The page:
It was Sunday and I had the kids and my parents in the car. They’d just spent the weekend visiting and we were dropping them off at South Station so that they could catch their bus back to NYC. We’d just given hugs and kisses and were waving as I pulled away from the curb and Auric started to whimper and say in a heartbreaking quiver, “I miss BaBa…” which is his name for my dad. And then I said, “It’s okay. Don’t cry. We’ll see them in September. When we say goodbye to Cambridge, we’ll get on a plane and visit Chicago…” As the words were coming out of my mouth, I knew I’d not put the right spin on this idea. And of course, before I could get another word out, Thora, in a panicked voice said, “I don’t want to say goodbye to Cambridge! I love Cambridge! I don’t want to leave!” Crap.
I tried to pull her back from the edge of her fear. “But what about our adventure to New Zealand?” She sighed a frustrated sigh and said, “Okay! We can move to New Zealand! And live there for awhile. But then I want to move back to Cambridge. Unless my friends have moved away. Then I want to move where they’ve moved.” Miraculously, in the following few minutes, as I navigated the car back to Cambridge, I tried to steer our conversation back towards the idea of the Big Adventure. Finally, she turned down what ended up being a mildly amusing avenue of thought in which she explored the idea of choosing her own travel plans when she is 18. (How did she figure out the connection between being 18 and being an adult?!?) She asked if she and her brother could go on a trip by themselves when they are 18 and 22, the thought of which strikes equal parts fear and pride in my heart. Unbelievably, I found myself in a discussion with my 5 year-old about the different ways she will have to show us during her teenage years that she is ready to take her first trip alone. I guess this is what happens when you raise a kid to love travel as much as you do. They begin planning their flight.
I seem to be putting a positive spin on our departure to myself as I am to Thora. Privately, I’m a ridiculously sappy person, embarrassingly so. I cried no less than 5 times when watching the recent Muppet movie. And CONTINUE to do so when we watch the dvd at home. And the Olympics? Surely I must spend more time crying, than not crying.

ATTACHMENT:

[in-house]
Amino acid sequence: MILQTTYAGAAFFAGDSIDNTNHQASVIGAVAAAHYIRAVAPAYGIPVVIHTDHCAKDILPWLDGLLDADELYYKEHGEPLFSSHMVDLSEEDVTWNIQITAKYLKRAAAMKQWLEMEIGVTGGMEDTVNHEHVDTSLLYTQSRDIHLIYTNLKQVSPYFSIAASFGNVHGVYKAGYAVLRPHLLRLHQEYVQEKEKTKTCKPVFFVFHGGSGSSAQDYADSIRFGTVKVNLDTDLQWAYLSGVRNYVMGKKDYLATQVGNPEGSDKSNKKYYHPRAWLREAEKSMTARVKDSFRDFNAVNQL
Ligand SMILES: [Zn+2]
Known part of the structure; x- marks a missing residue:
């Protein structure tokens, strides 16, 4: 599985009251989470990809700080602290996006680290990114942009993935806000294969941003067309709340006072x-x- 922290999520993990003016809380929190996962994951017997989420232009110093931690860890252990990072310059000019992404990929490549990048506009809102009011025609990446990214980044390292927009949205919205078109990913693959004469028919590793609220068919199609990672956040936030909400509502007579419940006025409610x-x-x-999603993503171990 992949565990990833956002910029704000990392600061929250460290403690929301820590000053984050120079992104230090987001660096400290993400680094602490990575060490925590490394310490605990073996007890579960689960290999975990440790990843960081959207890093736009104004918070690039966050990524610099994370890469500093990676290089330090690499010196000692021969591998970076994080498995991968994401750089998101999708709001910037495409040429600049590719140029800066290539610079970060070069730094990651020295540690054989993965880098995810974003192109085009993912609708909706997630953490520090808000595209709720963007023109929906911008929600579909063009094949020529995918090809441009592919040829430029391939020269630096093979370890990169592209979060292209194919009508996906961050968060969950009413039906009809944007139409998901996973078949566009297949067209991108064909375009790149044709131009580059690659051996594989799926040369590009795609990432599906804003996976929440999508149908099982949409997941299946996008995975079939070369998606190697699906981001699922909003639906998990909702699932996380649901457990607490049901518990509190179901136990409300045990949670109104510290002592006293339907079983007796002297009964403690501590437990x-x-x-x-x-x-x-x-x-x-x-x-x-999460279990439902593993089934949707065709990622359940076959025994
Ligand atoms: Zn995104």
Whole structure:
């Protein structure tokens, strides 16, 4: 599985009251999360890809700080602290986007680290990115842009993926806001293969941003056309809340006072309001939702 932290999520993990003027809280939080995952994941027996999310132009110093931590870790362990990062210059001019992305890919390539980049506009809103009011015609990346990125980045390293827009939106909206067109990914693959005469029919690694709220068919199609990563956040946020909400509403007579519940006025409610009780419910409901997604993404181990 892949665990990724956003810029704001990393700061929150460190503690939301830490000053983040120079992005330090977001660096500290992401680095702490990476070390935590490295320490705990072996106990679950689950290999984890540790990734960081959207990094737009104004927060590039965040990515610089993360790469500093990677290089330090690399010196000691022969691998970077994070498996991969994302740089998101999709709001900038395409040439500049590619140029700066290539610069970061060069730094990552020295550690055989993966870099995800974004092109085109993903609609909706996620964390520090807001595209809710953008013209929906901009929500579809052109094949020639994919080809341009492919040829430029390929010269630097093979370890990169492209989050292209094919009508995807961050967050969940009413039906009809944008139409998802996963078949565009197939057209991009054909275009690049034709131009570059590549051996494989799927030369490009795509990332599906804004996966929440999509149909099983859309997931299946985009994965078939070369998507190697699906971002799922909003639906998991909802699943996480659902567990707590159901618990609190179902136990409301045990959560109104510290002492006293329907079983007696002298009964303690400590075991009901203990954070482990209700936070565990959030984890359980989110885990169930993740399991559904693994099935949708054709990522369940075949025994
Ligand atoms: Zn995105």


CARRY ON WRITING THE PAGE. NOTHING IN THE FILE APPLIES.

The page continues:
But somehow I’ve managed to deny my emotions when it comes to the imminent departure from my beloved friends and the wonderful life we’ve made here. I continuously remind myself how awesome this adventure will be, how rewarding it will be in the long term, how we are NOT crazy, but brave and bold and about to start an exciting chapter. I’m blinding myself with a glare of positivity, so that even when I close my eyes, I see its sunspots.
There was a moment the other day, as I was walking down the street to pick up our son at preschool, when somehow the enormity of this move fell heavy on my chest and I had to take a big gulp of air to catch my breath. With all the delays and waiting and uncertainty, the move mostly feels surreal, like something that will continue to inch out of our reach despite each day taking us another stride towards the departure. We don’t have tenants set to move in. We don’t have airfare to take us away. We don’t have visas. Will this really happen? But in that moment, alone with my thoughts as I walked to my son’s preschool, what had been hiding in plain view suddenly revealed itself, somehow startling me. Our Time Here Is Coming To An Undeniable End.
In a dream I had the other night, I stood in the park across the street from our house. In my dream, the renovation was practically complete. And in my dream, I couldn’t stop sobbing. In my real life, I haven’t shed a real tear for the move. There have been brief moments, very recently, when something sends a wave of sadness over me. I was cleaning out a basket that has accumulated a year’s worth of odd papers and saw an old photo of Thora and her friend Zach. I was overcome. But the tears didn’t fall. Somehow, the person who can’t keep from crying at commercials or during Olympic medal ceremonies, somehow this person has shut down the emotion for this departure. It will rupture. There is no doubt about this. But for now, I’m strangely someone else. For the moment, I only cry in my dreams.